My Other Vehicle Was a Spacecraft

Now that the space shuttle has retired, astronauts are rediscovering the joys of flying airplanes

(Robert Seale)

Ed Lu - Yak-52

Ed Lu
(Courtesy Ed Lu)

For a few years, Ed Lu owned a Van’s RV-4 homebuilt aerobatic two-seater, which he kept in Galveston, Texas. Then in September 2008, Hurricane Ike blew through, “and it died an untimely death, so I no longer own an aircraft,” he says. When Lu’s wife noticed him getting grumpier and grumpier, she found a pilot who wanted his Yak-52 in the air a little more. They worked out a deal where she would pay part of the aircraft’s insurance in exchange for access to the airplane, and she gave the flying time to Lu as a present. Now he flies it maybe twice a month.

The Yak is not the first Russian craft Lu has flown. In May 1997, he orbited Earth aboard Mir for a few days, and in 2003, he and cosmonaut Yuri Malenchenko rode a Soyuz spacecraft to the International Space Station (where they spent 185 days). Mir, Soyuz, and the Yak all have similarities, says Lu: “It’s sort of the same basic design. Keep it simple, and that makes it strong, more robust.”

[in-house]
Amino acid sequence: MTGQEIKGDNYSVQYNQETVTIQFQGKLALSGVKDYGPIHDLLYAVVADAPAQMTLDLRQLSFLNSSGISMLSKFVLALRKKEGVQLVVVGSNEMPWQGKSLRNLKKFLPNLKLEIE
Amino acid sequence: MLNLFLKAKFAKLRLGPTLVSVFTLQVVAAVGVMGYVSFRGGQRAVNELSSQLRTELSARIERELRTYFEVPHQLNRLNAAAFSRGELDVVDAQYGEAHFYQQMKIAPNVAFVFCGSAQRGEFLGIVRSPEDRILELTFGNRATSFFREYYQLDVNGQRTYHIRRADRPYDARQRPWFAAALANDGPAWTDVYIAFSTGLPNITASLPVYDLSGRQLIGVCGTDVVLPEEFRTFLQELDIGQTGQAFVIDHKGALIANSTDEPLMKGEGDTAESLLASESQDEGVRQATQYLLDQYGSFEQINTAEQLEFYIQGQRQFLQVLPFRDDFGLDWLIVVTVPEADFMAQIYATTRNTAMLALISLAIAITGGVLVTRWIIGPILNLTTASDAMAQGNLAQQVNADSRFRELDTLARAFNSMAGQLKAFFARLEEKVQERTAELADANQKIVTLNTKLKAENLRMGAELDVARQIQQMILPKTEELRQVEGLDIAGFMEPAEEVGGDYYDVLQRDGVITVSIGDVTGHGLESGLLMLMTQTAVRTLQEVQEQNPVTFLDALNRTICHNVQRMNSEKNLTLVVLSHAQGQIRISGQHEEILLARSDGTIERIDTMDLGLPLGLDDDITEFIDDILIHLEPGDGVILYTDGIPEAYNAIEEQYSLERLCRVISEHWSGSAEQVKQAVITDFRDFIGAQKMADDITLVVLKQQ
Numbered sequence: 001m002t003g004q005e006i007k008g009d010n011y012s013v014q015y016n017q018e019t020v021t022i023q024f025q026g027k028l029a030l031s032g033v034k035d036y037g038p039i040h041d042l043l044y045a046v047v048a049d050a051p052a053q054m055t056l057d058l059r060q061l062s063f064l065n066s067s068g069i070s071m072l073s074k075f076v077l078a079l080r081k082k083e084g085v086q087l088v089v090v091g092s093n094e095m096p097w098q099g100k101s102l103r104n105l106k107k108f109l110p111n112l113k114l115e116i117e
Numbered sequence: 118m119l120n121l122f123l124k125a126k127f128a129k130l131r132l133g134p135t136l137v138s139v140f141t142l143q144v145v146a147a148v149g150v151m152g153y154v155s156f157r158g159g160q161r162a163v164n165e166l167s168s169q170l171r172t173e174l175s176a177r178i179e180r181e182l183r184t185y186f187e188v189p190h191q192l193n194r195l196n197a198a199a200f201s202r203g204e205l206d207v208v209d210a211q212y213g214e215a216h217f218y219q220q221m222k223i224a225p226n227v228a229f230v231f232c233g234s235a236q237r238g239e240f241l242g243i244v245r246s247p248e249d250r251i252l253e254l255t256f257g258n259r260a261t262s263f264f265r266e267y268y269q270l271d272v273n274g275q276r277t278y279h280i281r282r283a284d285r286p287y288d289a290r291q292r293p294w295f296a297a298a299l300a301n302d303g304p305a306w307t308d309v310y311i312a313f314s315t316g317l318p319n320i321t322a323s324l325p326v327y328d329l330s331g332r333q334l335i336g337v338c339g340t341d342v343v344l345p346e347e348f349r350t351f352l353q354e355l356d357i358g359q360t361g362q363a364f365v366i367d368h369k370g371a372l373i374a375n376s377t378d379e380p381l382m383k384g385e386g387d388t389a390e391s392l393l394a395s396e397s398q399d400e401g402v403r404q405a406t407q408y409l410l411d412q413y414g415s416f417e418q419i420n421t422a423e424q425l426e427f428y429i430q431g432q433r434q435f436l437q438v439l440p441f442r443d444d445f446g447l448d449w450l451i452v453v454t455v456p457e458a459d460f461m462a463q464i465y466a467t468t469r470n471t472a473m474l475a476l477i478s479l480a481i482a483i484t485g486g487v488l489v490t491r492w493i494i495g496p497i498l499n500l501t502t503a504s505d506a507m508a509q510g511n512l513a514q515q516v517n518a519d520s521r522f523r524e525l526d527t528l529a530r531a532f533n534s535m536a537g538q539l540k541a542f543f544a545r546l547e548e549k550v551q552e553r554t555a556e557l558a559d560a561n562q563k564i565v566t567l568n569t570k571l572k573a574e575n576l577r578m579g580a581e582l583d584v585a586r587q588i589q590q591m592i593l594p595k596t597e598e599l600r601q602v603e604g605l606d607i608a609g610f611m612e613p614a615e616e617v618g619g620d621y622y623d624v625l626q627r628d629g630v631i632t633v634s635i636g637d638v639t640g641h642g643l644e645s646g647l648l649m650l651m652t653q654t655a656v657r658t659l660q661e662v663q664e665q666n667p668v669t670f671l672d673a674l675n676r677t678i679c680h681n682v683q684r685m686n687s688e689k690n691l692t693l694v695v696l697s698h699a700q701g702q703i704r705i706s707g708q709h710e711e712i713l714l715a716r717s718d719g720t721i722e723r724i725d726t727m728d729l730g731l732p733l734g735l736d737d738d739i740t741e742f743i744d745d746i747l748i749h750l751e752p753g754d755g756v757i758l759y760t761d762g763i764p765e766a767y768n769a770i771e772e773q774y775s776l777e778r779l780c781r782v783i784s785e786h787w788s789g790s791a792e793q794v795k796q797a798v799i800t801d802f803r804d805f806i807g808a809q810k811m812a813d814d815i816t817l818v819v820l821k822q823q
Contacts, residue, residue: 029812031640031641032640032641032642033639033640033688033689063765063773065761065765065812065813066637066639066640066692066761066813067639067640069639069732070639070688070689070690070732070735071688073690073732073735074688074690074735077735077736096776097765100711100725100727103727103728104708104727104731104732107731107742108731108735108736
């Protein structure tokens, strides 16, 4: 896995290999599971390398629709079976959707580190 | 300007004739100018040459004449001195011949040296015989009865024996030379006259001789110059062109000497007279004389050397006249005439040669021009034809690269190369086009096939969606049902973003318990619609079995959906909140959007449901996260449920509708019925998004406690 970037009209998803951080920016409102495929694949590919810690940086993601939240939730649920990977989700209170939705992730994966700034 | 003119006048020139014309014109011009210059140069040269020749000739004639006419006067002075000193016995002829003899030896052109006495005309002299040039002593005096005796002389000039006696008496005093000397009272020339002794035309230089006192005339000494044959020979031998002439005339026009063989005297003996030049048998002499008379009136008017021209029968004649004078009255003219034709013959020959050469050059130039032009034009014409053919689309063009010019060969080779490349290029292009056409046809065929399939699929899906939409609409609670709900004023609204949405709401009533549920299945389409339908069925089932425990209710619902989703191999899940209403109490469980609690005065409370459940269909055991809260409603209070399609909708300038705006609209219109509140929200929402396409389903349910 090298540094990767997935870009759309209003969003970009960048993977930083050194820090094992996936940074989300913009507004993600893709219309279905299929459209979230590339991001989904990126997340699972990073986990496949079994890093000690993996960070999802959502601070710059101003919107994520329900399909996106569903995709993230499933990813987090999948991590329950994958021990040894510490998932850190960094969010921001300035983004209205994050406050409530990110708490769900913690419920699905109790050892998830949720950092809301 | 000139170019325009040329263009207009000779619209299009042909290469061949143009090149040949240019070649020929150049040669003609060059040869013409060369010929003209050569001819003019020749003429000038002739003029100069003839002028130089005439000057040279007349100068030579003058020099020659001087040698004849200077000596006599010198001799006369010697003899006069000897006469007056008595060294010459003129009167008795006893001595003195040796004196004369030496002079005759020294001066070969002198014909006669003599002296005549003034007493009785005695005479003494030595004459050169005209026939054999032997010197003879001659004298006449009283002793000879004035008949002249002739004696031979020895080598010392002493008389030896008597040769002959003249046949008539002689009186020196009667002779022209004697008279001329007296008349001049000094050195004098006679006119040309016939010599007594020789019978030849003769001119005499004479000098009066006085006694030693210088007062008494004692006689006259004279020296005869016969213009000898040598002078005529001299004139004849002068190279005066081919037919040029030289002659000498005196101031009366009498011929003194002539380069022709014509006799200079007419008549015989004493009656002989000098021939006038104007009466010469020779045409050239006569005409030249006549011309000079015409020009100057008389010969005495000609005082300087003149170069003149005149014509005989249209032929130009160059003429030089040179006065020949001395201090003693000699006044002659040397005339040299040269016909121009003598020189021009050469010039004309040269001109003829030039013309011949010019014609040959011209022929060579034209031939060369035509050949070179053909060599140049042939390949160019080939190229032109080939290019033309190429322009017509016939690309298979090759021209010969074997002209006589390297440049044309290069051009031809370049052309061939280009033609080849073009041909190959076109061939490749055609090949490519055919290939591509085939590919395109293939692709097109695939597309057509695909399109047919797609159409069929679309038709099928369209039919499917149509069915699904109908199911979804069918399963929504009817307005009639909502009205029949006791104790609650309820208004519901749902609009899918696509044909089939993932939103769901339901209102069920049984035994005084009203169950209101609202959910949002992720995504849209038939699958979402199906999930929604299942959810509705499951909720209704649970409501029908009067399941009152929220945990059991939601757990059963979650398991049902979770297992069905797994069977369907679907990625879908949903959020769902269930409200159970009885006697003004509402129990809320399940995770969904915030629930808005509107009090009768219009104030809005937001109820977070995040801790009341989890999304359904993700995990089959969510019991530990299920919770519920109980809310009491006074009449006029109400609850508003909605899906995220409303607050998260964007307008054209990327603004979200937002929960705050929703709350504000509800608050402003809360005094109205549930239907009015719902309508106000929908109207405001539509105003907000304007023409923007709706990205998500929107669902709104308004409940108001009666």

Like most Russian craft, the Yak-52 is designed for cold weather. It doesn’t come with an electric starter: The engine starts with compressed air, which also powers the brakes and flaps. “It’s a trainer,” says Lu. “It has a 360-horsepower supercharged radial engine and retractable gear. It’s a strong airplane, built for heavy aerobatic use.”

Although trained as an astrophysicist, Lu has joined a group of ex-military pilots who get together to fly formation and dogfight. “The idea is to become better pilots—and have fun,” he says.

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